Polyarteritis Nodosa - Diagnosis changing direction!!!!!!!

My rheumatologist referred me for Nerve tests. I saw the Nerve Doctor at North Staffordshire Hospital (Dr Horton). Lovely chap and his intro was 'All I look at is nerves'. I had nerve tests on my legs, feet, hands and arms on both sides of my body. He then spent the other half of the time asking questions about my symptoms. He asked about bowel habits, wind, pains in my arms and legs, any itching experienced, suffering pains in the stomach, feeling nauseous (if so how long). I answered 'Yes, I have been experiencing that...' for most if not all of my replies. It became very clear at the end of the appointment that these were apparently questions to rule in or out MS. It became clearer that this was the avenue they were prioritising over Vasculitis. Watch this space!

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  • Interesting, we know some diagnosed with vasculitis who were misdiagnosed with MS first. Please keep us updated. Does Dr Horton see and manage other patients with vasculitis?

  • Sue,

    The rheumatologist did not even explain what the nerve tests were for when I saw her in January. She did give me the undertone in the way she was addressing the diagnosis that it might not be vasculitis. As I did not know the purpose of these nerve tests, I did not ask Dr Horton about vasculitis. He made the comment that my nerve readings looked positive/good and he would compile his report for the rheumatologist before the weekend. He did say that my rheumatologist (Dr Vermaak) was overly thorough with her patients which was another good comment.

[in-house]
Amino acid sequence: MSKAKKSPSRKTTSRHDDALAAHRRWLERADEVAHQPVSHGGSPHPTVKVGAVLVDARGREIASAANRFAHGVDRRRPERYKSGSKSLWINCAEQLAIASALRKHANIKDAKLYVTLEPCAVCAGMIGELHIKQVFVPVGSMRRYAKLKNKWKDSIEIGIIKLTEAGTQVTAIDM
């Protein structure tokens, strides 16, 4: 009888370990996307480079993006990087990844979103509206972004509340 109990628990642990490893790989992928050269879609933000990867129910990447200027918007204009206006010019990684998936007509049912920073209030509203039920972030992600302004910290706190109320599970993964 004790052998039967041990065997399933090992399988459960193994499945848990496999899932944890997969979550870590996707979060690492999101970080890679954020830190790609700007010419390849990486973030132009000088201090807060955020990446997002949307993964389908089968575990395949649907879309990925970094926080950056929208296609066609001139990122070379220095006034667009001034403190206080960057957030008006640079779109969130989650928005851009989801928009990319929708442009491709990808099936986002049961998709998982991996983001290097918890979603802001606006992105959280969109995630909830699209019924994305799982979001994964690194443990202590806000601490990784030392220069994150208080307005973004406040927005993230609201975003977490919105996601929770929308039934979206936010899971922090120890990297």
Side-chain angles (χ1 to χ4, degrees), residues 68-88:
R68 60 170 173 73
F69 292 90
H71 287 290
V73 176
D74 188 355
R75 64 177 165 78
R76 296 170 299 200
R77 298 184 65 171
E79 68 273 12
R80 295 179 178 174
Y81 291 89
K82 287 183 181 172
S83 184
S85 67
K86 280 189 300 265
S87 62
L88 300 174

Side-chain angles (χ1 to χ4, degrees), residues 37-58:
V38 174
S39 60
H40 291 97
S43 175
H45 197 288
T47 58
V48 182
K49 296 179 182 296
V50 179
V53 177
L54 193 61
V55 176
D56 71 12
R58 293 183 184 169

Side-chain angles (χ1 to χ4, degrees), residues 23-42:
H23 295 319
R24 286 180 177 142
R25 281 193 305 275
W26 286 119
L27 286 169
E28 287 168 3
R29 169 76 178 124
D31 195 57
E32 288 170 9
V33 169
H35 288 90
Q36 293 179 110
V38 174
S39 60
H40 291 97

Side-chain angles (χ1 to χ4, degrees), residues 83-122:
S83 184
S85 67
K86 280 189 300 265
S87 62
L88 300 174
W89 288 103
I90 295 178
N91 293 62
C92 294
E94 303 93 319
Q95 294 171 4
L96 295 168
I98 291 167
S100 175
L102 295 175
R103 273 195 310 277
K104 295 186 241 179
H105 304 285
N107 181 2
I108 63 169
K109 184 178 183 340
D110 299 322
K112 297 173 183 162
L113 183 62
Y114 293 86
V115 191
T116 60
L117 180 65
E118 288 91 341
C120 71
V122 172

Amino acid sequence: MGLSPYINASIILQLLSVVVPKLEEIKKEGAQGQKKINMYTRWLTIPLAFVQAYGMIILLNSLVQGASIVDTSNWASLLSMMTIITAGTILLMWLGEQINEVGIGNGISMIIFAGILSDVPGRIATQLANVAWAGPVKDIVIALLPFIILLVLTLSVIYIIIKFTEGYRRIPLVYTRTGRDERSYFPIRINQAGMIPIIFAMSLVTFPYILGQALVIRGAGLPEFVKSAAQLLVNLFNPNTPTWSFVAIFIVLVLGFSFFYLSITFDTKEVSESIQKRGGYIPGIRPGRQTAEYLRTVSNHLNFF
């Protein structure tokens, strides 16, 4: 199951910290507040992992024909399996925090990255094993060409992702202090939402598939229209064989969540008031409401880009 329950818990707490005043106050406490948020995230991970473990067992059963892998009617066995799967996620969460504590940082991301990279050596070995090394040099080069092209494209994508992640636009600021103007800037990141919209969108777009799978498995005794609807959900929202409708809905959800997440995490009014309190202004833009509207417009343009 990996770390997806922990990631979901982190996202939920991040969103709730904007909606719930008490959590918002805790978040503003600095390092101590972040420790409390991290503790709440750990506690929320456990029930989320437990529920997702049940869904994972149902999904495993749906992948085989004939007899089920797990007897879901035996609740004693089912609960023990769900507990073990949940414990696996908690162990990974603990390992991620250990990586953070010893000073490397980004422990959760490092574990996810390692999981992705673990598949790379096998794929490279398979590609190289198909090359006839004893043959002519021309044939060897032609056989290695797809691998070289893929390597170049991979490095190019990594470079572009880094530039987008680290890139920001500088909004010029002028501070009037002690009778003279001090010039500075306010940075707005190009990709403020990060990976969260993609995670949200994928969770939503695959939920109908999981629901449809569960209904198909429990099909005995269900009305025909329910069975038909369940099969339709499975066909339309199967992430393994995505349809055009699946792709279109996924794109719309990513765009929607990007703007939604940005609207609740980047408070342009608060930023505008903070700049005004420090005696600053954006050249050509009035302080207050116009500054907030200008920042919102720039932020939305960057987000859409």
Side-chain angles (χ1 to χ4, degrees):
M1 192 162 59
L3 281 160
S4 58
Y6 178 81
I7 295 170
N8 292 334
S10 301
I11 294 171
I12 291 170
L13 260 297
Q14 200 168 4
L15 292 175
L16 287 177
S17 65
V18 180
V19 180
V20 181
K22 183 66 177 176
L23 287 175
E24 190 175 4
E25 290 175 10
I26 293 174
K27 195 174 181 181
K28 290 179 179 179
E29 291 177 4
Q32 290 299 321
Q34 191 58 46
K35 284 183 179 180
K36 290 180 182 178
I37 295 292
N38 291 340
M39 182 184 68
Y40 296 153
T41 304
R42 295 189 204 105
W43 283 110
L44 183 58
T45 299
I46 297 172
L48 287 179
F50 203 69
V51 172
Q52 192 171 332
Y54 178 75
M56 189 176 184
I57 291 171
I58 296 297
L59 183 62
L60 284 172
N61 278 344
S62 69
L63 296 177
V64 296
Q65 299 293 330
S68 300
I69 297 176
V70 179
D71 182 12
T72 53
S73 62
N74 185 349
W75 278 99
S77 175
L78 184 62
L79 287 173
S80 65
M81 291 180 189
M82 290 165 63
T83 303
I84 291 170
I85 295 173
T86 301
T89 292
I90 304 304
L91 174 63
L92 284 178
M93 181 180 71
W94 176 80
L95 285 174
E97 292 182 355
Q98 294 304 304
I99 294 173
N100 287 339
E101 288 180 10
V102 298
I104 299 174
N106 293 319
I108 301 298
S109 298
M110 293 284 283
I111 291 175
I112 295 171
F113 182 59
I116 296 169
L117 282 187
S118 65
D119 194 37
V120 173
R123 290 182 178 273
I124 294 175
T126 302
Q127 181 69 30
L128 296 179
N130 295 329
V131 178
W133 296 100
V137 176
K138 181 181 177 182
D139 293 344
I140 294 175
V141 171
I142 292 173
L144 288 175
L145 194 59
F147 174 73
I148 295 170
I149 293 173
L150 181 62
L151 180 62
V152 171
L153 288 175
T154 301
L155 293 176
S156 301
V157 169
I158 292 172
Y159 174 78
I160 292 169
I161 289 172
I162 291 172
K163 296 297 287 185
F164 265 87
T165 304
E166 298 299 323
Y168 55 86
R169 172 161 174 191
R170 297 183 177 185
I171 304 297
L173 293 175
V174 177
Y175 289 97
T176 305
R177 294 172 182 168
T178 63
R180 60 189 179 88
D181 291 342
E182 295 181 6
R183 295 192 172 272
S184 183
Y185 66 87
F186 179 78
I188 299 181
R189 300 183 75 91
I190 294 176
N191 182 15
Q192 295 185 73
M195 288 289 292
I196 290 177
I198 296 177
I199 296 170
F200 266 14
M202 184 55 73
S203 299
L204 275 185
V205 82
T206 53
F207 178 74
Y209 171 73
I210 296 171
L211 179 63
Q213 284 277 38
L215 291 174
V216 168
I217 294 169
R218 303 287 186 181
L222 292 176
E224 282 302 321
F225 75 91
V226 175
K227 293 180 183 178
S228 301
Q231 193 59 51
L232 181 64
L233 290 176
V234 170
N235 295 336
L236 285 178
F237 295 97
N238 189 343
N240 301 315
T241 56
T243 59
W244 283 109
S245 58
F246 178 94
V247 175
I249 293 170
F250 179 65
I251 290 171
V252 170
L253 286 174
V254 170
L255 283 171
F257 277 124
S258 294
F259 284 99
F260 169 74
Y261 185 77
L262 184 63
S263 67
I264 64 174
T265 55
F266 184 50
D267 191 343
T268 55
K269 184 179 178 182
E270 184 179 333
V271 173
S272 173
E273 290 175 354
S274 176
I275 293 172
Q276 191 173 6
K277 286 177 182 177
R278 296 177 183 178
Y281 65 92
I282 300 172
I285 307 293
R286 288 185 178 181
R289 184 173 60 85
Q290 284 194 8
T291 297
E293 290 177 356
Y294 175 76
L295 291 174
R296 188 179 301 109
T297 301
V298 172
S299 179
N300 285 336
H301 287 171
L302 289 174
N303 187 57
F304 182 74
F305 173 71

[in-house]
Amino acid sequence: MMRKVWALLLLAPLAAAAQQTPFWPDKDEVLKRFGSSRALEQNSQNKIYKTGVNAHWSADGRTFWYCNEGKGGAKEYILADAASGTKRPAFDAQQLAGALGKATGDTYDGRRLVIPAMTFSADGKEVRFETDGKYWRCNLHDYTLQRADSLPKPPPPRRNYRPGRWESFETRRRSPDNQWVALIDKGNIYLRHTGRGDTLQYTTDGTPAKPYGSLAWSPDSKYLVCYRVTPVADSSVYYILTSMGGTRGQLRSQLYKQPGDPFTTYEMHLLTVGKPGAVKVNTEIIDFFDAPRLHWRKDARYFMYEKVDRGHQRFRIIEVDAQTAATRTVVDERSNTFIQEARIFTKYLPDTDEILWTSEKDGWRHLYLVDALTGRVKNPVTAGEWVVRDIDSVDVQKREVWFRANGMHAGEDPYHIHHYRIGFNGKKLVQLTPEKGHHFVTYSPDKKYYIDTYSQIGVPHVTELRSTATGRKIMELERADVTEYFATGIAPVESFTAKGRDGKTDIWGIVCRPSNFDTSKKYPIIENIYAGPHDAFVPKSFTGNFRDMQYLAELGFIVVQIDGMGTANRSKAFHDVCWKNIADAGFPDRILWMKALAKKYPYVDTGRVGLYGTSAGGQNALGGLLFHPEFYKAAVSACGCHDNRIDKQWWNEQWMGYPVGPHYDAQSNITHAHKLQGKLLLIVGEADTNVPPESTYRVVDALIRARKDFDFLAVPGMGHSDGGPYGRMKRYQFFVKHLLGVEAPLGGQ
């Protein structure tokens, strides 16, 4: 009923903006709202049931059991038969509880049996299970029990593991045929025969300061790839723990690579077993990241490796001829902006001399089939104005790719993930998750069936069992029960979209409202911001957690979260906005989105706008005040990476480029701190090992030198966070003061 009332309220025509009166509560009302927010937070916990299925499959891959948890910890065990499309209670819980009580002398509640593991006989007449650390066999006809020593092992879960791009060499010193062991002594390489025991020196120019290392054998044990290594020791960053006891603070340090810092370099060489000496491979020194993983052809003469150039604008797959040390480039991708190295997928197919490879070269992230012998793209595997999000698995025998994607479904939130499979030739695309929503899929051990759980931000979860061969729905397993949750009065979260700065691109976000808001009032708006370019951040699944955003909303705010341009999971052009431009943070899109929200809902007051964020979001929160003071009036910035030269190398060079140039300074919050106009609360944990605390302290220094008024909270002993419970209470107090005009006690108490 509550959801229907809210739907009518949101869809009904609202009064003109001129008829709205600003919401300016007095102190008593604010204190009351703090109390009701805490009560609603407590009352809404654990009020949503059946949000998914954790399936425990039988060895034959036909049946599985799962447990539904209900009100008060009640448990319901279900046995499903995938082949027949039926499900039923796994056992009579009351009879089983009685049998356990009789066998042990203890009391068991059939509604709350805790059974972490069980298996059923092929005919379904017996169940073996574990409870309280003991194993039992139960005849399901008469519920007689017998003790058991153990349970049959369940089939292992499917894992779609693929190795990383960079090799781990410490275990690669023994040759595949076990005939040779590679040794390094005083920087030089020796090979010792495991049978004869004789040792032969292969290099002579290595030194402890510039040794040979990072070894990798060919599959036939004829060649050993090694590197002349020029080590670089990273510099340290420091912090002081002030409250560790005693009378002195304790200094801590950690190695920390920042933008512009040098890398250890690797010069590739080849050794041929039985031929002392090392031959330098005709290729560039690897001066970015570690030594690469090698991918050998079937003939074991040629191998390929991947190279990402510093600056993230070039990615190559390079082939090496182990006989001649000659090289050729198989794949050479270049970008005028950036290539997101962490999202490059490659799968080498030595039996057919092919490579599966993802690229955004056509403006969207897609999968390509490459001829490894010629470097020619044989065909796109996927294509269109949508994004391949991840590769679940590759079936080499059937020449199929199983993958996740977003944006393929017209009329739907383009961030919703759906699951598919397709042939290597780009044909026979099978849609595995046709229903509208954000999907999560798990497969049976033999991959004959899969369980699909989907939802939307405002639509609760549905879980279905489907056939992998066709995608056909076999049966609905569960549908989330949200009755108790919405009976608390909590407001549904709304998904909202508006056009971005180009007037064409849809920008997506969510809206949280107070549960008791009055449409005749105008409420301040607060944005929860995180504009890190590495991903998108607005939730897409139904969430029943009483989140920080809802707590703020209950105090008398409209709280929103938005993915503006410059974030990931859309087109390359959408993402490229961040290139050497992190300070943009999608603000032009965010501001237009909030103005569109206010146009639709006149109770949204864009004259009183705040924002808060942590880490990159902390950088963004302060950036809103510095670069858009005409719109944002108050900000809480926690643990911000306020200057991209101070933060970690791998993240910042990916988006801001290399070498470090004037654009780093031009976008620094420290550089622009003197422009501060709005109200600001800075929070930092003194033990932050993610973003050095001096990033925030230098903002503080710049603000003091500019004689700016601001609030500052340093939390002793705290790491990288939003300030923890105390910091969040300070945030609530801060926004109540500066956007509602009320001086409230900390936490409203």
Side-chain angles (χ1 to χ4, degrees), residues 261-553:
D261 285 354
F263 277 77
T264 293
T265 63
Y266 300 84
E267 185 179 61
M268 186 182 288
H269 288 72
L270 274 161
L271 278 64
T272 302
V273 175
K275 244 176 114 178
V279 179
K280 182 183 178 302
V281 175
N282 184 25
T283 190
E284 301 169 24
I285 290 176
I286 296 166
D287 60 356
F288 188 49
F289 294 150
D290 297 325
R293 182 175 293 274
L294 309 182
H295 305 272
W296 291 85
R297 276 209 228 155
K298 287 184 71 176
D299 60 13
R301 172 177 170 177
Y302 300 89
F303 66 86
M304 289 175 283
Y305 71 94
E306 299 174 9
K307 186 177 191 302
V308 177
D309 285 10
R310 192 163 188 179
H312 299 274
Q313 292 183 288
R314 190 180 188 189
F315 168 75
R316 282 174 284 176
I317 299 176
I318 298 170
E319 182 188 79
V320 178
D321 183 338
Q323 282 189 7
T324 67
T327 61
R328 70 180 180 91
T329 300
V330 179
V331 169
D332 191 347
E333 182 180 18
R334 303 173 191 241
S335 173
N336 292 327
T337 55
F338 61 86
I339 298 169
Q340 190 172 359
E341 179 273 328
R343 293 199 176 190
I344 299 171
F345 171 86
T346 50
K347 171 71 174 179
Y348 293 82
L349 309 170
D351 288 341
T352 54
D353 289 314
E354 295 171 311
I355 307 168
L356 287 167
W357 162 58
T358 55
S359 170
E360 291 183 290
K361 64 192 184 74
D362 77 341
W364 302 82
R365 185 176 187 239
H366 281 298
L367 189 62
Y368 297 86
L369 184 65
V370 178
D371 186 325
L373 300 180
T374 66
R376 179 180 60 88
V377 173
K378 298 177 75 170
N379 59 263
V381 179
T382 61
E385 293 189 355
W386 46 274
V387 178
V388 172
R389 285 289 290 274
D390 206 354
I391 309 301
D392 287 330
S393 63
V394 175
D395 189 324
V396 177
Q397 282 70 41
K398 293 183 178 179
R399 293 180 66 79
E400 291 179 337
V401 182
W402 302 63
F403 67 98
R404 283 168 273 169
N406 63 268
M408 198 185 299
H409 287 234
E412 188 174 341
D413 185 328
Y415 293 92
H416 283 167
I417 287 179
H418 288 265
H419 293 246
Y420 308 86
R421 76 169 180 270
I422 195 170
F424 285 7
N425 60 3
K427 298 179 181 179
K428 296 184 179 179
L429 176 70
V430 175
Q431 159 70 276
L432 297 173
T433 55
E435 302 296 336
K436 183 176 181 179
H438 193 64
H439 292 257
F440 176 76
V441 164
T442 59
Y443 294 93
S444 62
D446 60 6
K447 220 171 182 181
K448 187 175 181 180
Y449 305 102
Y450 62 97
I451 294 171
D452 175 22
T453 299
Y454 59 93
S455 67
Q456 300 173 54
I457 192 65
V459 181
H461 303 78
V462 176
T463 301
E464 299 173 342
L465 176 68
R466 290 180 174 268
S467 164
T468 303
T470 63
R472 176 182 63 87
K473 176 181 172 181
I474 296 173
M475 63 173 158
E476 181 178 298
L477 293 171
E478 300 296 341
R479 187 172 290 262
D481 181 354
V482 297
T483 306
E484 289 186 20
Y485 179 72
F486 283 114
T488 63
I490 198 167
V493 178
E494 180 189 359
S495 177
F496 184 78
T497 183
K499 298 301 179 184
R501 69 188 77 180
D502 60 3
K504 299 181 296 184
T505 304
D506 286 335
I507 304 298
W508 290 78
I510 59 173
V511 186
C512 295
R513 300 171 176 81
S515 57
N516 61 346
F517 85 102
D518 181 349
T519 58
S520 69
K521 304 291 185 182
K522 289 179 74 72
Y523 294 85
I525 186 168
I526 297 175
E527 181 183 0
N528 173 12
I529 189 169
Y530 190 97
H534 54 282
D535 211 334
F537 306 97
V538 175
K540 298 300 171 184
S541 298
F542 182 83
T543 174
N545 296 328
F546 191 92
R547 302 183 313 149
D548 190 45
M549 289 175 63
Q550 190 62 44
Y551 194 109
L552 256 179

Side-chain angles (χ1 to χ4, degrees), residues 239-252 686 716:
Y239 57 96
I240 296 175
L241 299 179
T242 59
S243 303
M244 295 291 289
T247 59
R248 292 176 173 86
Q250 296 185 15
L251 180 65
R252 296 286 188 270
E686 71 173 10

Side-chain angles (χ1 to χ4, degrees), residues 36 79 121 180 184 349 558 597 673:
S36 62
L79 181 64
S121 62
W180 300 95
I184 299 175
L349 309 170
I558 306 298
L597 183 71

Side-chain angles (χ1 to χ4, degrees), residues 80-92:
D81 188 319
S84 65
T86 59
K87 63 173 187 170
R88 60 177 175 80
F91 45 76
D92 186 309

I have had a CT angiogram of my stomach and kidneys towards the end of January but Dr Vermaak wanted to complete all tests before looking at a diagnosis. Therefore, I have not had any feedback on this.

    I am waiting for an appointment with the infectious disease unit at the hospital for further tests and an angiogram on my heart (due to constant high blood pressure).

    Ironically, my father said that he had tingling in different parts of his body which had lasted a year, headaches and fatigue. They tested him for many disorders and did focus on MS and they ruled this out.

    In relation to the new direction they (the consultants) are heading (MS), my head MRI and CT scans have shown no lesions or scarring at all. I have a back problem and my back has been MRI/CT scanned to death and no one has ever mentioned lesions or scarring linked to MS.

    I have also had a Doppler scan on my carotid arteries which showed no plaque build up or other blockages. However, I am still suffering headaches every morning which wake me up at 3am, 4:30am or later in the morning. My blood pressure was elevated. At it's highest- 176/105. This seems to have come down as I am taking my blood pressure every day. Taking my blood pressure during the period I am having headaches does give a much higher reading.

    The most annoying thing is the constant change in a diagnosis. In my view, get the relevant tests completed and then commit to a logical diagnosis. Sometimes I feel that the NHS consultants apply a 'painting by numbers' approach to diagnosing illness.

  • "Sometimes I feel that the NHS consultants apply a 'painting by numbers' approach to diagnosing illness."

    Unfortunately that is often the only way to plough through all the option in autoimmune disease! One source says that up to 10 years is a common time to make such a diagnosis. It took 5 years for me to get a dx of polymyalgia rheumatica - and I worked out what it was in the end, 2 rheumies got it totally wrong.

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